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Decluttering tips – 4 types of clutter

Organised toys

What is clutter?

Clutter is different for different people. Kids toys may be clutter to us parents, but for the kids they most definitely are not. We all have items that we’re emotionally attached to. They could hold memories of the past, or they may support our ideas and desires for the future, like that pile of recipe cut-outs we keep meaning to try. This can make decluttering a very difficult process.

Decluttering has become an increasingly common term over the last ten years. It seems like everyone wants to declutter and get more organised at the moment. But, it can be quite overwhelming. Where do you start, how do you decide what stays and what goes, and what do you do with the items you no longer need or want?

To make things easier, try and start with items that you don’t have any emotional attachment to. Let’s define certain types of “clutter” and look at strategies to deal with it.

1. Out of date items

In the kitchen

Check through your fridge, freezer and pantry regularly to discard of old leftovers and out of date items. Get into the habit of putting new purchases towards the back of the fridge or cupboard and the items to use up, at the front.

Medicines

Check your medicines periodically, anything that is expired take to the pharmacy for disposal, especially if it’s prescription medicine.

Make-up & skincare

Similar to food products, most of these items have a shelf life. If you check on the back of the product they will often have 6m or 12m or similar on. If you haven’t used the product in that timeframe, it’s best to dispose of it.

Coupons & vouchers

Find a spot to keep all your coupons and vouchers together where you will remember to use them. Go through once a month and get rid of the ones that have expired. If you use coupons regularly, each week put the ones that are closest to expire in your bag.

Old textbooks

These may be sentimental items, but if not, textbooks older than 5yrs (and often less) are generally obsolete and should be added to the recycling.

Declutter your handbag

Empty your handbag once a week and get rid of any receipts and other items you don’t need.

2. Broken items

These are items that you’ve probably been planning to fix but haven’t, either because you don’t know how, or the cost or effort of fixing it outweighs the cost or effort of replacing it.

What to do:

  • If you’ve gone without the item for months or even years and have not missed it, let it go.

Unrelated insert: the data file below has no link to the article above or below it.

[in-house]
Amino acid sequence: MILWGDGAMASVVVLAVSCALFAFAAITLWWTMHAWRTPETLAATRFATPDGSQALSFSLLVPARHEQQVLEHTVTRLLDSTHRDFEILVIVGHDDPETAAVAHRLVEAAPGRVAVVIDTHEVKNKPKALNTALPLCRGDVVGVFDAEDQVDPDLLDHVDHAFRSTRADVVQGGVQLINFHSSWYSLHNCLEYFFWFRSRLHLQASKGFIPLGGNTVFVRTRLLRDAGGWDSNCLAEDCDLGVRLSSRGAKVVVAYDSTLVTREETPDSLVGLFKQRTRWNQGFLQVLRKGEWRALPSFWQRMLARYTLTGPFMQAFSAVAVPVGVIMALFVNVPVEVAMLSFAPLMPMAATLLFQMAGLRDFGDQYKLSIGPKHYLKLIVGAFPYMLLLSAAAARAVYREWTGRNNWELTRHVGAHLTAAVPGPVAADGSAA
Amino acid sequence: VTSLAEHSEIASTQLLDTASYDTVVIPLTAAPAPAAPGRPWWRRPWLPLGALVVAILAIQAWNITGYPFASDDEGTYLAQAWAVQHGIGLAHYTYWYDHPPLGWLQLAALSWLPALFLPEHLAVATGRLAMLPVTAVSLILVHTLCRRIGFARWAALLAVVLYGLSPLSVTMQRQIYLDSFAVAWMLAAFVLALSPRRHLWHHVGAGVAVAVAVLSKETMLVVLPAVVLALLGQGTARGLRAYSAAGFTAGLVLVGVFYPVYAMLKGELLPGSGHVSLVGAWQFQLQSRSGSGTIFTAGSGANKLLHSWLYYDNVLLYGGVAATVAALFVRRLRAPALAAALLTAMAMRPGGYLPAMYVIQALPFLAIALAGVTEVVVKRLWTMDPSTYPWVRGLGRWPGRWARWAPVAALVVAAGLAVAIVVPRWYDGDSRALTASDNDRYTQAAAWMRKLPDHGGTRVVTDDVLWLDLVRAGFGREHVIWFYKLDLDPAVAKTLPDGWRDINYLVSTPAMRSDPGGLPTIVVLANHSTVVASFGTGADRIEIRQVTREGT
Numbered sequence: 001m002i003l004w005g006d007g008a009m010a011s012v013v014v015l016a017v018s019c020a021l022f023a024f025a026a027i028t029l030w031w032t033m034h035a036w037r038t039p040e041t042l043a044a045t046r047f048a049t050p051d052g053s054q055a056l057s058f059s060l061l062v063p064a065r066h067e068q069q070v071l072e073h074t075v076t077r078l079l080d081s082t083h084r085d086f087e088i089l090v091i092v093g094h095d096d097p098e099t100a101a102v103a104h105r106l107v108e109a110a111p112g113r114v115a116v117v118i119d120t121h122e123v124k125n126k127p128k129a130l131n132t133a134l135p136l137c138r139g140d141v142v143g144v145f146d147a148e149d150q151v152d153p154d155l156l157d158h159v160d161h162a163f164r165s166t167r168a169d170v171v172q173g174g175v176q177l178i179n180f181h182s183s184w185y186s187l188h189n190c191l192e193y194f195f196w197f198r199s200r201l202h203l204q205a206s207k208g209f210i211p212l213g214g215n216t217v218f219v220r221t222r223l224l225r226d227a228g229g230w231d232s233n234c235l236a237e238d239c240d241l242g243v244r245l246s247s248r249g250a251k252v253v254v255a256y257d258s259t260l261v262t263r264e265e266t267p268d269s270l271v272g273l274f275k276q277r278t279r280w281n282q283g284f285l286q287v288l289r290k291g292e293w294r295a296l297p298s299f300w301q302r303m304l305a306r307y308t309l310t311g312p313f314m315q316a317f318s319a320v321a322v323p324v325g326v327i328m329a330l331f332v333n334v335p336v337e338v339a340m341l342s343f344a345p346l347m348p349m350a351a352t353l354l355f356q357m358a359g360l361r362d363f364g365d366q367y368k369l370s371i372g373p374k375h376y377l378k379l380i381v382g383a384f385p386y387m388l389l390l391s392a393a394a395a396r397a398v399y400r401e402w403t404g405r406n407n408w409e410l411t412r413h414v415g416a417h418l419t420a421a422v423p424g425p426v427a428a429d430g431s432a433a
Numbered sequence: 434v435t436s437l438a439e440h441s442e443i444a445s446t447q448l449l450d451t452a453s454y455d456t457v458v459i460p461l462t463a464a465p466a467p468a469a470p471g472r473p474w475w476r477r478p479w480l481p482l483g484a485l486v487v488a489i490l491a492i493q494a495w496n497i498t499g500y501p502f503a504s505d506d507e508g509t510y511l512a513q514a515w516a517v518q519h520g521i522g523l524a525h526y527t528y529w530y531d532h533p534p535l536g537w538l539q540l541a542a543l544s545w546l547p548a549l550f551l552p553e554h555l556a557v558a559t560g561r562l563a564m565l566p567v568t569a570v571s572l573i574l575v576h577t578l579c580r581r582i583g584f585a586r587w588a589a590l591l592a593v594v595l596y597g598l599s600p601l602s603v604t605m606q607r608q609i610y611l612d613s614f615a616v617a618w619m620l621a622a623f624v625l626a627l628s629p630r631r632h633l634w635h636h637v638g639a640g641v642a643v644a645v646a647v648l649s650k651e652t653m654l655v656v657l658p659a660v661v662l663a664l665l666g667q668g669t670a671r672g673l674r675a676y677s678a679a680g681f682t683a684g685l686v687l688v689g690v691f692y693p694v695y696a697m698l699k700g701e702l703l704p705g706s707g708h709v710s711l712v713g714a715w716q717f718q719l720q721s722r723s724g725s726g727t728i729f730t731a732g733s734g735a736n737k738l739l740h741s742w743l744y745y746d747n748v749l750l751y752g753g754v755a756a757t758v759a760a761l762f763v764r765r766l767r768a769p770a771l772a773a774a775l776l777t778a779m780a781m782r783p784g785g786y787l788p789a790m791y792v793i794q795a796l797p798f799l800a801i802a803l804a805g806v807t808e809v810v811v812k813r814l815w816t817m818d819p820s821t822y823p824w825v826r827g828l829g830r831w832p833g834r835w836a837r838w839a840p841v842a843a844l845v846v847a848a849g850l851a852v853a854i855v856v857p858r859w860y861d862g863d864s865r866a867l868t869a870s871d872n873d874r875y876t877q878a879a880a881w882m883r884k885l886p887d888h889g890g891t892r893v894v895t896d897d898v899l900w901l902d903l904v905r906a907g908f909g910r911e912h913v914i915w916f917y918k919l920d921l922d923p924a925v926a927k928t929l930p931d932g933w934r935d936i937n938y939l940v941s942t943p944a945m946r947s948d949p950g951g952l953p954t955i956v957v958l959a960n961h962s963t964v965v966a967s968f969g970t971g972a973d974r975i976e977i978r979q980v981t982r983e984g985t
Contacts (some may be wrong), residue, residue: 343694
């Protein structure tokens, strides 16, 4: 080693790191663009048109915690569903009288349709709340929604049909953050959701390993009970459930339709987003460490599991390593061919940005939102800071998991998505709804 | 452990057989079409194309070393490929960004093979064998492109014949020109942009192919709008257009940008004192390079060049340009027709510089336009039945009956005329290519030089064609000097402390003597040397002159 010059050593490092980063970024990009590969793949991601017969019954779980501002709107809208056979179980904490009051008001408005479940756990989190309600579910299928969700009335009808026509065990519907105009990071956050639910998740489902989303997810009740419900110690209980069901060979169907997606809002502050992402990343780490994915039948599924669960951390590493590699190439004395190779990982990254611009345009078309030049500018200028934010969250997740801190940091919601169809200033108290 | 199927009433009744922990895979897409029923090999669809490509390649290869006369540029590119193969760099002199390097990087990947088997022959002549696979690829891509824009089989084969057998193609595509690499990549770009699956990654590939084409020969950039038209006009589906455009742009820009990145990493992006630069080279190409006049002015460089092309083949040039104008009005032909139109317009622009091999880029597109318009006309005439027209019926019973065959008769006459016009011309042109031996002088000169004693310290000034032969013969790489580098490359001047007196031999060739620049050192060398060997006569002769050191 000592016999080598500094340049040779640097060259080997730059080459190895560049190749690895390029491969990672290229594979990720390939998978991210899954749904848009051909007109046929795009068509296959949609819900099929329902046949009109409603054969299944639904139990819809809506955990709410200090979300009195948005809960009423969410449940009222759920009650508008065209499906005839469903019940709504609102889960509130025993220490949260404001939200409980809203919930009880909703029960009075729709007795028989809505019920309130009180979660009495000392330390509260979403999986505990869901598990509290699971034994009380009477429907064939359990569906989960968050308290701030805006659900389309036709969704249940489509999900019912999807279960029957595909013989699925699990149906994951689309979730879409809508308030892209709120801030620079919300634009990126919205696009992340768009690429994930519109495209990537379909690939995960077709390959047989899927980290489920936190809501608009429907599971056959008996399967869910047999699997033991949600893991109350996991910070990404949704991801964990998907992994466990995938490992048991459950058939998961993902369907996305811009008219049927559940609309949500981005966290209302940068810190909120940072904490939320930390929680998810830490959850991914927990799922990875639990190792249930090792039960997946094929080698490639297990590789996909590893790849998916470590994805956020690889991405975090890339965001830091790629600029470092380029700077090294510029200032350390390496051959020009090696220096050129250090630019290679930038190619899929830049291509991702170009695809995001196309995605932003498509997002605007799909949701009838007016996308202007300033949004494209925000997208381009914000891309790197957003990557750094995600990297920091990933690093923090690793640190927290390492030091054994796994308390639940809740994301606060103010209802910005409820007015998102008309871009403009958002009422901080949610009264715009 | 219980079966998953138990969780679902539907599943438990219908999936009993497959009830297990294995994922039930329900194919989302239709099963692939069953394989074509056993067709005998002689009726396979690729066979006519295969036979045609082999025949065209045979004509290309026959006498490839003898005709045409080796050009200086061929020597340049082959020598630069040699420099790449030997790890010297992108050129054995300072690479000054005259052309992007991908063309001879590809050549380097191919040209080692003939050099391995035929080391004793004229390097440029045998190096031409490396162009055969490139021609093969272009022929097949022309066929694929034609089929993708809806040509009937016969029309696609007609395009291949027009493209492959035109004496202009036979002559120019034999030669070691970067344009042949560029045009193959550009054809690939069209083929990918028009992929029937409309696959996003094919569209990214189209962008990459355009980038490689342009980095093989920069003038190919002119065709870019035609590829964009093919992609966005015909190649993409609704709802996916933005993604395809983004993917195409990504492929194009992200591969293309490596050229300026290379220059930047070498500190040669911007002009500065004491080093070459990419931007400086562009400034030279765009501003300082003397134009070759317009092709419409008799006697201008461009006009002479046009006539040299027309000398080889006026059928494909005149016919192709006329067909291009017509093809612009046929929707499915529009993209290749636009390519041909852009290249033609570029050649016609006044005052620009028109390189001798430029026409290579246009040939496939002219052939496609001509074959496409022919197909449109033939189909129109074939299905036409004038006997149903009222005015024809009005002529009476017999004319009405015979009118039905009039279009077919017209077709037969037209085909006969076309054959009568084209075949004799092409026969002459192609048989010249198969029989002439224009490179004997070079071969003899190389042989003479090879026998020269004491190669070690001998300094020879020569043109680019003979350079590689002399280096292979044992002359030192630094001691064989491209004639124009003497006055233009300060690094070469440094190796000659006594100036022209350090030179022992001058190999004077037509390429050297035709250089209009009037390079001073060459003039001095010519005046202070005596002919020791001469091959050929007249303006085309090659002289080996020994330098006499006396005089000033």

• Set-up a ‘To fix” box and make time to research what you need to fix it. If feasible, get it done. If it’s going to cost more to fix than to replace, unless it’s sentimental, let it go.
  • Schedule in a monthly fixing day. Give yourself a time limit, say 2 months, and if the item isn’t fixed by then, it can’t be very important, so let it go.
  • If it’s a sentimental item, maybe there is a way to re-purpose it so you can enjoy it again rather than having it stuck at the back of a cupboard.

3. Obsolete items

These are items that you no longer need in your current circumstances, for example:

  • Clothes that don’t fit
  • Manuals for items you no longer own
  • Outdated media like VHS, tapes and CDs that you don’t have a player for
  • Old phones or computers
  • Paperwork that you don’t need to keep.

These items can often be donated if they are in good condition. You may think you might need it again one day, but really take some time to consider this. Could someone else get use out of it now rather than it being in a drawer for who knows how long? Will your style or requirements be the same in the future? How much would it cost to replace if you needed it again?

eWaste

Check with your local council or recyclingnearyou.com.au for eWaste drop-off points.
MobileMuster recycle mobile phones and have drop off points at mobile phone shops and most post offices.
Officeworks often take old computers, peripherals and ink cartridges.

4. Superfluous items

As you declutter try and sort like for like so you can see the amount of something you have. Do you really need 10 wooden spoons or saucepans, or 50 pairs of underwear or 10 pairs of scissors? Again, these items are often great for passing on to someone who will get use out of the item now (probably not the underwear though!).

You may have gained a surplus of sellotape because you haven’t been able to find it so you go and buy more. Find a home for these types of items and tell everyone in the household, so that next time you can find it.

Small steps

Decluttering is not a one-off exercise. Your lifestyle, wants and needs change all the time. Aim to do a little bit and often, and try and stop the cycle by being more conscious of what you’re buying and bringing into your home.

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  • Develop good habits to reduce the daily overwhelm and make your life so much easier.
  • Gain back control of your everyday tasks.
  • Stop wasting time hunting through cupboards and drawers trying to find things
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Get in touch

If it’s all too much and you need to get a handle on it quickly, get in touch, I’m here to help.

As a professional organiser, I will not make you get rid of anything. Instead I will ask questions about why you want to keep certain items, encourage you to let go of things and provide ideas for donating, re-using or safely disposing of items.

Sarah Deitz

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